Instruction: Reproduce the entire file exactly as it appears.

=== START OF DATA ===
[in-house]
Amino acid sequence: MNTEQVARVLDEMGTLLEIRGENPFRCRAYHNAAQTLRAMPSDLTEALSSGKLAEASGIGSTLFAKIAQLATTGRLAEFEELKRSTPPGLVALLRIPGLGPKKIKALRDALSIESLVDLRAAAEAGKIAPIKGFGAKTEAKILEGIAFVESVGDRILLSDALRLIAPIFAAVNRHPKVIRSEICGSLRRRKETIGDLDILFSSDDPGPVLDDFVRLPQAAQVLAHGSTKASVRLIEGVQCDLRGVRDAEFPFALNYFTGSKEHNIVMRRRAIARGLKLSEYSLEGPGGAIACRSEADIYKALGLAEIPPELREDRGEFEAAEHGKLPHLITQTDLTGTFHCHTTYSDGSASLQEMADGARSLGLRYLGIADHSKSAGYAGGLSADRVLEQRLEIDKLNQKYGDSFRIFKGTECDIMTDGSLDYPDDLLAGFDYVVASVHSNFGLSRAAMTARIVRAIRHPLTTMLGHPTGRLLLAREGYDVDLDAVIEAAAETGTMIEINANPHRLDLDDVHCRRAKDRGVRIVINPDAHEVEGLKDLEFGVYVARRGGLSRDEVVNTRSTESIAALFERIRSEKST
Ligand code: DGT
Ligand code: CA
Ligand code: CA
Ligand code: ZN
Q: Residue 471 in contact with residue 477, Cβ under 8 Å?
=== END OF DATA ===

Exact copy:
[in-house]
Amino acid sequence: MNTEQVARVLDEMGTLLEIRGENPFRCRAYHNAAQTLRAMPSDLTEALSSGKLAEASGIGSTLFAKIAQLATTGRLAEFEELKRSTPPGLVALLRIPGLGPKKIKALRDALSIESLVDLRAAAEAGKIAPIKGFGAKTEAKILEGIAFVESVGDRILLSDALRLIAPIFAAVNRHPKVIRSEICGSLRRRKETIGDLDILFSSDDPGPVLDDFVRLPQAAQVLAHGSTKASVRLIEGVQCDLRGVRDAEFPFALNYFTGSKEHNIVMRRRAIARGLKLSEYSLEGPGGAIACRSEADIYKALGLAEIPPELREDRGEFEAAEHGKLPHLITQTDLTGTFHCHTTYSDGSASLQEMADGARSLGLRYLGIADHSKSAGYAGGLSADRVLEQRLEIDKLNQKYGDSFRIFKGTECDIMTDGSLDYPDDLLAGFDYVVASVHSNFGLSRAAMTARIVRAIRHPLTTMLGHPTGRLLLAREGYDVDLDAVIEAAAETGTMIEINANPHRLDLDDVHCRRAKDRGVRIVINPDAHEVEGLKDLEFGVYVARRGGLSRDEVVNTRSTESIAALFERIRSEKST
Ligand code: DGT
Ligand code: CA
Ligand code: CA
Ligand code: ZN
Q: Residue 471 in contact with residue 477, Cβ under 8 Å?